Meat cattle research aims to raise more cows on less land


Meat cattle research aims to raise more cows on less land

A new University of Illinois study shows that beef production in the Midwest can work well in a year-round dry lot or in an isolation setting when grazing is limited or unavailable.

Lead researcher Dan Shike says Brownfield, with more acres being converted to farmland, is increasingly difficult to graze, and many beef producers are looking for alternatives to expand their herds. Their two-year study compared the performance and behavior of cows / calves in a grazing scenario with dry land with feed rations.

“It’s hard to beat the rotating pasture and let the cows harvest on their own, but if you want to expand your beef herd and you don’t have access to pasture, I think we have options. Especially here, where we have access to a lot of different feeds. ”

He says dry cows have had good results, maintaining body weight, condition and reproduction rates and even increasing milk production. Dry calves also showed increased performance throughout the pre-weaning phase, with a higher gain rate.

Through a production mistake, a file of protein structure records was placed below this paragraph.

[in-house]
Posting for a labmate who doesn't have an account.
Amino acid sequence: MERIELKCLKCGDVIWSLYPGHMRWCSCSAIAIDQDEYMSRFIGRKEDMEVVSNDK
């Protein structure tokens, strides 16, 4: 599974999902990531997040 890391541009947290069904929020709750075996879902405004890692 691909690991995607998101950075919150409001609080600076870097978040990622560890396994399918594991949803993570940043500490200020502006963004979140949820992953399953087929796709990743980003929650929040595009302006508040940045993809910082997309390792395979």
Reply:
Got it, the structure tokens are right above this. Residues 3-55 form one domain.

He says the only notable drop in the dry land scenario was an increase in foot problems.

“I treated a little more leg rot and digital dermatitis in those dry cows, but I think it’s something that can be managed. We need to work harder and pay more attention to that. ”

Shike says they have not done an economic analysis, but it is important to note that an isolation system will require more labor and fodder, which will have to assess each individual operation.

Undergraduate students in a USDA-funded training program called I-BELIEF also helped with the study, which was funded by the Iowa Beef Industry Council. Meat cattle research aims to raise more cows on less land

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